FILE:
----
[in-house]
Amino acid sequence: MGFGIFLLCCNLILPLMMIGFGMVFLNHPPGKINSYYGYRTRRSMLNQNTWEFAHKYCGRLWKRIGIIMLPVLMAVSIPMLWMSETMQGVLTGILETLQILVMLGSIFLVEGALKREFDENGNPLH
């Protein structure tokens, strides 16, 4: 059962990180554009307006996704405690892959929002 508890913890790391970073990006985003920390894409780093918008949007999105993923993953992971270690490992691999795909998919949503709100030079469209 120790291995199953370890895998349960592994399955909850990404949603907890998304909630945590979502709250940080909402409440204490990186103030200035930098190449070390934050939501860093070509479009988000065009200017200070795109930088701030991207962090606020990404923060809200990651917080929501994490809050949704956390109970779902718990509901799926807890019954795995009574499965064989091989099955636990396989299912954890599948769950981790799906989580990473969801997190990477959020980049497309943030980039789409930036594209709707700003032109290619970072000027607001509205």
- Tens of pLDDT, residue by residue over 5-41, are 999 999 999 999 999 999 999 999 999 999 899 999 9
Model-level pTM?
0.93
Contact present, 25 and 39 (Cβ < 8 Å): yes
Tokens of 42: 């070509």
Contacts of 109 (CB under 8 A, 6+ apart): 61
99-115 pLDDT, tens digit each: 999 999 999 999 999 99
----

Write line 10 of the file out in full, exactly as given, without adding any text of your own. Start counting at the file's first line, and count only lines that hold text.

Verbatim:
99-115 pLDDT, tens digit each: 999 999 999 999 999 99